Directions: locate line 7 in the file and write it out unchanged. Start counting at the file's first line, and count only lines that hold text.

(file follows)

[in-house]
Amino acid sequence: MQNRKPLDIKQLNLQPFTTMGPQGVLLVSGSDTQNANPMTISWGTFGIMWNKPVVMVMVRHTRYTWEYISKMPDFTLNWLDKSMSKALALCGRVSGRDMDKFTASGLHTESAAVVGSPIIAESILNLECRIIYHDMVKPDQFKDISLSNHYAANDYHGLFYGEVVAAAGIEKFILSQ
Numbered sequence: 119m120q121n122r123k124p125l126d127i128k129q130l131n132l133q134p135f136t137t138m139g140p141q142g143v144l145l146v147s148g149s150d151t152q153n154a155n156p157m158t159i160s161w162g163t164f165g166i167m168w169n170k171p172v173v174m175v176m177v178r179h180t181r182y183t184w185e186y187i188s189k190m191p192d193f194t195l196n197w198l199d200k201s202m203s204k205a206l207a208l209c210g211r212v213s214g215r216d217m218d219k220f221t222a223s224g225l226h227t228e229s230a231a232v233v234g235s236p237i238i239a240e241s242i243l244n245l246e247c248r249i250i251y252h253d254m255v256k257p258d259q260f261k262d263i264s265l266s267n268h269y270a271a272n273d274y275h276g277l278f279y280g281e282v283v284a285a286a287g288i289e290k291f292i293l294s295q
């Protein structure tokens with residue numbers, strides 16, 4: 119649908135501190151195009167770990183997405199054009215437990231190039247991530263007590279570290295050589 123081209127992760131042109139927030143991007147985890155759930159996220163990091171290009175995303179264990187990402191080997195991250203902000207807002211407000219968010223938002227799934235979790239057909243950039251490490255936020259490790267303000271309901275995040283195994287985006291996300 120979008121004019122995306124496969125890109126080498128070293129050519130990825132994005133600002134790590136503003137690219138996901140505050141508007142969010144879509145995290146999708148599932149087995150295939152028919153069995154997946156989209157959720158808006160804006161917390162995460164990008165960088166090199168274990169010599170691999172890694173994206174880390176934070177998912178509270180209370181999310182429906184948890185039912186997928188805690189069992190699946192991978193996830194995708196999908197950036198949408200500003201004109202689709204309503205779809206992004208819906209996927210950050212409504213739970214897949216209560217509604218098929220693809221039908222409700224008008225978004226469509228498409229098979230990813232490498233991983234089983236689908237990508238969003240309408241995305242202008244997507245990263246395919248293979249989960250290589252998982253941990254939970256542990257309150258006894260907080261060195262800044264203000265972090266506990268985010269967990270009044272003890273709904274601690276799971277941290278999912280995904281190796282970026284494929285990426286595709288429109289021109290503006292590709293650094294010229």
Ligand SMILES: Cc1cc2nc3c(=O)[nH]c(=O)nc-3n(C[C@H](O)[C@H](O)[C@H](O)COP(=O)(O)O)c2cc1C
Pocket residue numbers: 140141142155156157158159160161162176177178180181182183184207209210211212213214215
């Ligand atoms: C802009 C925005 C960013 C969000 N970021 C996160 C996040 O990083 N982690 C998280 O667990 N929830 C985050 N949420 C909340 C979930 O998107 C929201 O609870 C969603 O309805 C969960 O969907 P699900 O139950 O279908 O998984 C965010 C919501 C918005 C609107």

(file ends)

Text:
């Ligand atoms: C802009 C925005 C960013 C969000 N970021 C996160 C996040 O990083 N982690 C998280 O667990 N929830 C985050 N949420 C909340 C979930 O998107 C929201 O609870 C969603 O309805 C969960 O969907 P699900 O139950 O279908 O998984 C965010 C919501 C918005 C609107």